Why are dozens of US states targeting Google with an antitrust lawsuit?
- The attorney generals for 36 states and the District of Columbia have filed a lawsuit targeting Google’s Play store recently.
- The antitrust suit specifically targets Google’s plans to force all app developers who traffic in its Google Play Store to pay a 30% commission on sales of digital goods or services.
There was a 144-page complaint filed this week in a Northern California federal court. It marks the fourth major antitrust lawsuit filed against Google by government agencies across the US since last October. This time, attorney generals for 36 states and the District of Columbia have filed a lawsuit targeting Google’s Play store, where consumers download apps designed for the Android software that powers most of the world’s smartphones.
Filed in a California federal court and led by Utah, North Carolina, Tennessee, New York, Arizona, Colorado, Iowa, and Nebraska, the antitrust suit specifically targets Google’s plans to force all app developers who traffic in its Google Play Store to pay a 30% commission on sales of digital goods or services.
The new rule was scheduled to go into effect in September, and when announced, had the unintended effect of agitating some of the most prominent companies Google works with, including Netflix, Spotify, and Match Group. The resultant outcry forced Google to respond by lowering commissions to 15% on the first US$1 million in sales, but the company still defended its practices.
The company however argued during a Senate hearing in April, that its commissions were in line with the industry standard, and said that those payments help fund developer tools and updates to Android. Truth be told, although antitrust enforcers in the UK and Australia have investigated Google for monopolistic practices in the past, this week’s lawsuit — which is being brought by a bipartisan group of state attorneys general — represents the first major attempt to challenge Google’s alleged dominance in the mobile app store market in the US.
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Google faces its third major lawsuit of the year
To recall, in the first suit, filed October 2020, the Justice Department and 14 states accused Google of attempting to dominate the mobile search market. In a second suit filed in December of that year, 38 states and territories claimed that Google used anticompetitive tactics to achieve a monopoly in general search and search advertising. In the third suit, filed by 15 states and territories, Google stands accused of using its considerable power to crush competitors in the digital ad space.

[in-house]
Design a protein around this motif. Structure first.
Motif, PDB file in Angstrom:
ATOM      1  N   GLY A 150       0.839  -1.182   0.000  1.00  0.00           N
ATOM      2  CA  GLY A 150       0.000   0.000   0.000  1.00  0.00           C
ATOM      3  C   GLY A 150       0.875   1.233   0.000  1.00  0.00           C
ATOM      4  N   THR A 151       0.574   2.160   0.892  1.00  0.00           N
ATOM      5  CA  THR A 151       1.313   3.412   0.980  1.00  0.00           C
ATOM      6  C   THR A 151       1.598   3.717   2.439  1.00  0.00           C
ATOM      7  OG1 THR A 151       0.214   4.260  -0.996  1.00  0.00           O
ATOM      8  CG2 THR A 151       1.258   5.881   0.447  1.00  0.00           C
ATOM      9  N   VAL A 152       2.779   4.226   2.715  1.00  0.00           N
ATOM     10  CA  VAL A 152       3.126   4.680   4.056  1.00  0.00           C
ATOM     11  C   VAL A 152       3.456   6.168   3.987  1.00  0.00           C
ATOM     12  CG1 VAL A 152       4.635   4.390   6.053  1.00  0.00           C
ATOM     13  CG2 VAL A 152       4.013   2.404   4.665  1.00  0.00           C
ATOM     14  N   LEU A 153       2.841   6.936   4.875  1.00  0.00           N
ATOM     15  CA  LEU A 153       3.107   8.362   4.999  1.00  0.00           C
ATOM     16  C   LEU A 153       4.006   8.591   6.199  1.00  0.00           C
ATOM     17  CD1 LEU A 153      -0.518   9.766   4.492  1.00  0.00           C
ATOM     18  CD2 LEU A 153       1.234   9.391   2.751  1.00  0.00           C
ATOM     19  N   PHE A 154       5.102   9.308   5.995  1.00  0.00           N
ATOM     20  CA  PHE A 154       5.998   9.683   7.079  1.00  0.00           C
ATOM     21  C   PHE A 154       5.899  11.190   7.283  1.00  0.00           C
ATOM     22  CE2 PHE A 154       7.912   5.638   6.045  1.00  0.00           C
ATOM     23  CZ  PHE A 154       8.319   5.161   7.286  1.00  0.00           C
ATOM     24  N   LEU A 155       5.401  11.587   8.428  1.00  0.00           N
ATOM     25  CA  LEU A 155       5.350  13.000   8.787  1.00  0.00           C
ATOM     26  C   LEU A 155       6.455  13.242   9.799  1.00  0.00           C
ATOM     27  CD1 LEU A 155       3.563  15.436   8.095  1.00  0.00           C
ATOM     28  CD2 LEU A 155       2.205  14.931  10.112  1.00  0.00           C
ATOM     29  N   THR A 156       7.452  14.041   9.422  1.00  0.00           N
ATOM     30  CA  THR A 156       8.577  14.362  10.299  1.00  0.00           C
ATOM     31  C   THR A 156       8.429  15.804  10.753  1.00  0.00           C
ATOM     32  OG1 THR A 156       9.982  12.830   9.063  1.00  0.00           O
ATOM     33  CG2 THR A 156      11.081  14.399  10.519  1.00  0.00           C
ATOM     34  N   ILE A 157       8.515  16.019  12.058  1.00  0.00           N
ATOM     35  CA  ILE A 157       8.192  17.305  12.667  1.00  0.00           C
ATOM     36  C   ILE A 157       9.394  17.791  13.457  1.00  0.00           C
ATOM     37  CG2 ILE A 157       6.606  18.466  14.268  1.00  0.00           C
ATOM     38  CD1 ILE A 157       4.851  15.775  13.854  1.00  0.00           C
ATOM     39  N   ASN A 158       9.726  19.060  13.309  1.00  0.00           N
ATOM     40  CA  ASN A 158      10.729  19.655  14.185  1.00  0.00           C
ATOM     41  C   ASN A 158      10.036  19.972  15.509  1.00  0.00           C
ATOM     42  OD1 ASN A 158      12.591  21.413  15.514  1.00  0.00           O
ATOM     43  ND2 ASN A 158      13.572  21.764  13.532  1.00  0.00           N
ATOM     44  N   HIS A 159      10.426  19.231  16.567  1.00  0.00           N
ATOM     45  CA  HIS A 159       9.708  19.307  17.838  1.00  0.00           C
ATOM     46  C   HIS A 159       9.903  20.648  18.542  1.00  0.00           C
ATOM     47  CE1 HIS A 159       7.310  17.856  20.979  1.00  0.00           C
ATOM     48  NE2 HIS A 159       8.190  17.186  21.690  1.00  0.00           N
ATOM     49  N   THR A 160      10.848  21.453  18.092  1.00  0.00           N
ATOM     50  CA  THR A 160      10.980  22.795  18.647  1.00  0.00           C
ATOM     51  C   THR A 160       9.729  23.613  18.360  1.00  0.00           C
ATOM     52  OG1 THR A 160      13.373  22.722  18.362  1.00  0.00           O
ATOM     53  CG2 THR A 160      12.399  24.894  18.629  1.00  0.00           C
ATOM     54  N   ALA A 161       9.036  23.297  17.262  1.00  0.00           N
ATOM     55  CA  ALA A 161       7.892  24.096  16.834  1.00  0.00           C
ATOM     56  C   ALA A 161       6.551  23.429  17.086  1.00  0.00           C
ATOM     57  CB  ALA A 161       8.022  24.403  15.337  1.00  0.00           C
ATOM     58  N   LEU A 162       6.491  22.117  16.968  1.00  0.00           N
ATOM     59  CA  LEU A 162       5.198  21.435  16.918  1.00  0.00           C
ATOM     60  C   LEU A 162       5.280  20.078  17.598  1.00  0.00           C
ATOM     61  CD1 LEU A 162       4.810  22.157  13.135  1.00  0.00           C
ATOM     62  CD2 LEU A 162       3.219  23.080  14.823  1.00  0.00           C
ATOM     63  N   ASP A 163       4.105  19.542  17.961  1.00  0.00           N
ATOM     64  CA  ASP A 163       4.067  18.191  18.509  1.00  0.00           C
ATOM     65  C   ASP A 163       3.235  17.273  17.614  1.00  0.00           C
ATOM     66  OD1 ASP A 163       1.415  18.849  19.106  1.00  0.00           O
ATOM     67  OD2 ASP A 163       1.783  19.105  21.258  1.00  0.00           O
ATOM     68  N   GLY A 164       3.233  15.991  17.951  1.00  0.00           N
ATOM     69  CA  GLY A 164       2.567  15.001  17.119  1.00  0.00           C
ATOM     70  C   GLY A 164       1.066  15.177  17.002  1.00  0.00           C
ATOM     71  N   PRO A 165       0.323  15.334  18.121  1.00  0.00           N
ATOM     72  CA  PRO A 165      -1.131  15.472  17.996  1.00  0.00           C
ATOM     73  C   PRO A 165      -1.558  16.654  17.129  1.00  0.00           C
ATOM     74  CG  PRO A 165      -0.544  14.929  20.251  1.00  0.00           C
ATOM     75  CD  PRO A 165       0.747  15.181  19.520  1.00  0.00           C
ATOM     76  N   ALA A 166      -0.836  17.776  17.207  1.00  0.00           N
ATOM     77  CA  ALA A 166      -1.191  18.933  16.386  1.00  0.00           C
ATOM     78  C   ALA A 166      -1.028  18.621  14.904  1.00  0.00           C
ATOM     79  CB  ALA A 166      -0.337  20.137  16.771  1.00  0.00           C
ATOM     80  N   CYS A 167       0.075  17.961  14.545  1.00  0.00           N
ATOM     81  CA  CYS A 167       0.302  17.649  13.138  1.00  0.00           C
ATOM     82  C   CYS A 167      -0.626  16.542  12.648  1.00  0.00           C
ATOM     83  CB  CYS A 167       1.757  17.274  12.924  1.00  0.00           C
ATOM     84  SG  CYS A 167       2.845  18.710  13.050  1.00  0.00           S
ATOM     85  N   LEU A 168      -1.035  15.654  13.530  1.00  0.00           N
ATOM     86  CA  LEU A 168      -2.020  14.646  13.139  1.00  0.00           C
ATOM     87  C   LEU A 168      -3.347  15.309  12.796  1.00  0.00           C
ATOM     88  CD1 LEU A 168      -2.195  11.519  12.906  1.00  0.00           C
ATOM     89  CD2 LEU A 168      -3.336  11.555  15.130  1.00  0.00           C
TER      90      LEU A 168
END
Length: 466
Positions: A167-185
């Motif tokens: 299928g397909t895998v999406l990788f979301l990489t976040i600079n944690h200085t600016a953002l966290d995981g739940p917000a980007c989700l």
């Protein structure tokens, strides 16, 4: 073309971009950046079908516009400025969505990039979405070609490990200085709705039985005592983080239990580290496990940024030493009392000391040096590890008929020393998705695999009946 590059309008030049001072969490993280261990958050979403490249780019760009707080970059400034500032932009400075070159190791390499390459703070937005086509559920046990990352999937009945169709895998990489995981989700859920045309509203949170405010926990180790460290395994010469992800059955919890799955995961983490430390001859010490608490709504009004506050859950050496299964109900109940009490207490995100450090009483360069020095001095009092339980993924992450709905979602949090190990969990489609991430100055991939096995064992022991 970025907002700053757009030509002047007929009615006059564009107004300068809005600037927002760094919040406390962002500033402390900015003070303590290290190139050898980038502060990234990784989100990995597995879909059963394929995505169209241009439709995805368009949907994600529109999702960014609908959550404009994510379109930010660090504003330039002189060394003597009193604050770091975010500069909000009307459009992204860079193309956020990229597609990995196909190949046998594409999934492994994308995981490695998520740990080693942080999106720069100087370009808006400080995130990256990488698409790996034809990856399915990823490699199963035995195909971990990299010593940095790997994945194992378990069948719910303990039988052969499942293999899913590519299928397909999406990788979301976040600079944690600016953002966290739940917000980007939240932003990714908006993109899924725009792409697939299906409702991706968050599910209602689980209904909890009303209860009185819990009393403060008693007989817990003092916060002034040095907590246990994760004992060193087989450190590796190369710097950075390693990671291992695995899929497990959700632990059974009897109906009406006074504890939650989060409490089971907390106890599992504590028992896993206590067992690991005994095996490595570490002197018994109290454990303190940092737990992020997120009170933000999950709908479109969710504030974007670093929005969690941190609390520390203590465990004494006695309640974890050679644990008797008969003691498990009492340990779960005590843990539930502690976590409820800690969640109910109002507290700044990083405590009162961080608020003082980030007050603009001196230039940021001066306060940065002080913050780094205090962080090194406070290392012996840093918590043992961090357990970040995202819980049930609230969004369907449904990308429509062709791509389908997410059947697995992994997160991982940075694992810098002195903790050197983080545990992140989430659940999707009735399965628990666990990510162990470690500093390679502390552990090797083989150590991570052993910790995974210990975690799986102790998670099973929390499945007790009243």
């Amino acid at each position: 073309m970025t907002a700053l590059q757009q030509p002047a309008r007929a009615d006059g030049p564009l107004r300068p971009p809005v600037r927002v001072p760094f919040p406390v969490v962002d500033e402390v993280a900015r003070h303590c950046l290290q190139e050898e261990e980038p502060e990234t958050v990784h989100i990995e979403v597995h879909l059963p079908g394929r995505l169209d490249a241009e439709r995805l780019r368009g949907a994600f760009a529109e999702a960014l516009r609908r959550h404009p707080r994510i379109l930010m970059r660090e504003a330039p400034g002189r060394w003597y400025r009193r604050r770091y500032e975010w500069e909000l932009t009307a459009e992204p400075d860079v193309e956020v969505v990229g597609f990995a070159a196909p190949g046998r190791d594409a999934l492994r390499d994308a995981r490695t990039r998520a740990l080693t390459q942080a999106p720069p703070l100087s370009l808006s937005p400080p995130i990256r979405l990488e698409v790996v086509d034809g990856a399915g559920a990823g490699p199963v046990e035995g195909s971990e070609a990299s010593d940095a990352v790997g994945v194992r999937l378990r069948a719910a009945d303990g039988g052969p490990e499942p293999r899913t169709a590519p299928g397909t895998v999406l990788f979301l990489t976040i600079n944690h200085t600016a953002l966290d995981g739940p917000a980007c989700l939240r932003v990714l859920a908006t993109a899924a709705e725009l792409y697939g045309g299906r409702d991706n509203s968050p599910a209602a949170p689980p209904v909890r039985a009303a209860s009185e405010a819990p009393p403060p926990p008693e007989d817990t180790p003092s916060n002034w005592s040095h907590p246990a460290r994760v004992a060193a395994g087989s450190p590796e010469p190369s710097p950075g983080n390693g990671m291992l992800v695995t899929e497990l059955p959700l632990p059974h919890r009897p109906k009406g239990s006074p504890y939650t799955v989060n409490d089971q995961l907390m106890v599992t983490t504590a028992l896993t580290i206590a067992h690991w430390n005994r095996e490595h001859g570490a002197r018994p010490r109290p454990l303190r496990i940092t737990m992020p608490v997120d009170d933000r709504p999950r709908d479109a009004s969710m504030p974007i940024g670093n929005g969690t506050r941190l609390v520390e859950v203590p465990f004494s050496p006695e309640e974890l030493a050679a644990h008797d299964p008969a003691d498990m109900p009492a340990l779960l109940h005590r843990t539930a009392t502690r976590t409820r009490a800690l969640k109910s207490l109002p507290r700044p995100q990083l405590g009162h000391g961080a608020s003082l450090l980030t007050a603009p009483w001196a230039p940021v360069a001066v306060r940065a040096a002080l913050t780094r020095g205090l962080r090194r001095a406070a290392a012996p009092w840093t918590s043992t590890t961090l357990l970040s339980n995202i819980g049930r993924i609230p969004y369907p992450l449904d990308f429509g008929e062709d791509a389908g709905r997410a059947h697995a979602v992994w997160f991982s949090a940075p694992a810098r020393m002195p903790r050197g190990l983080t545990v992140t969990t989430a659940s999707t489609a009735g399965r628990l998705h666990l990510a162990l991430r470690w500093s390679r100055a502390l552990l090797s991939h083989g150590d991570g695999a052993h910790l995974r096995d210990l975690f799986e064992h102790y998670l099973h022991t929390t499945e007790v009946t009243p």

The argument of the latest lawsuit against Google
The complaint claim Google has deployed various tactics and set up anti-competitive barriers to ensure it distributes more than 90% of the apps on Android devices — a market share that the attorneys general argue represents an illegal monopoly. What’s more, the lawsuit alleges Google has been abusing that power to reap billions of dollars in profit at the expense of consumers who wind up paying higher prices to subsidize the commissions, and the makers of apps who have less money and incentive to innovate.
“Google’s monopoly is a menace to the marketplace,” said Utah Attorney General Sean Reyes, who is leading the lawsuit along with his peers in New York, Tennessee, and North Carolina. “Google Play is not fair play. Google must be held accountable for harming small businesses and consumers.”
“Through its illegal conduct, the company has ensured that hundreds of millions of Android users turn to Google, and only Google, for the millions of applications they may choose to download to their phones and tablets,” James said in a press release, according to Tech Crunch. “Worse yet, Google is squeezing the lifeblood out of millions of small businesses that are only seeking to compete.”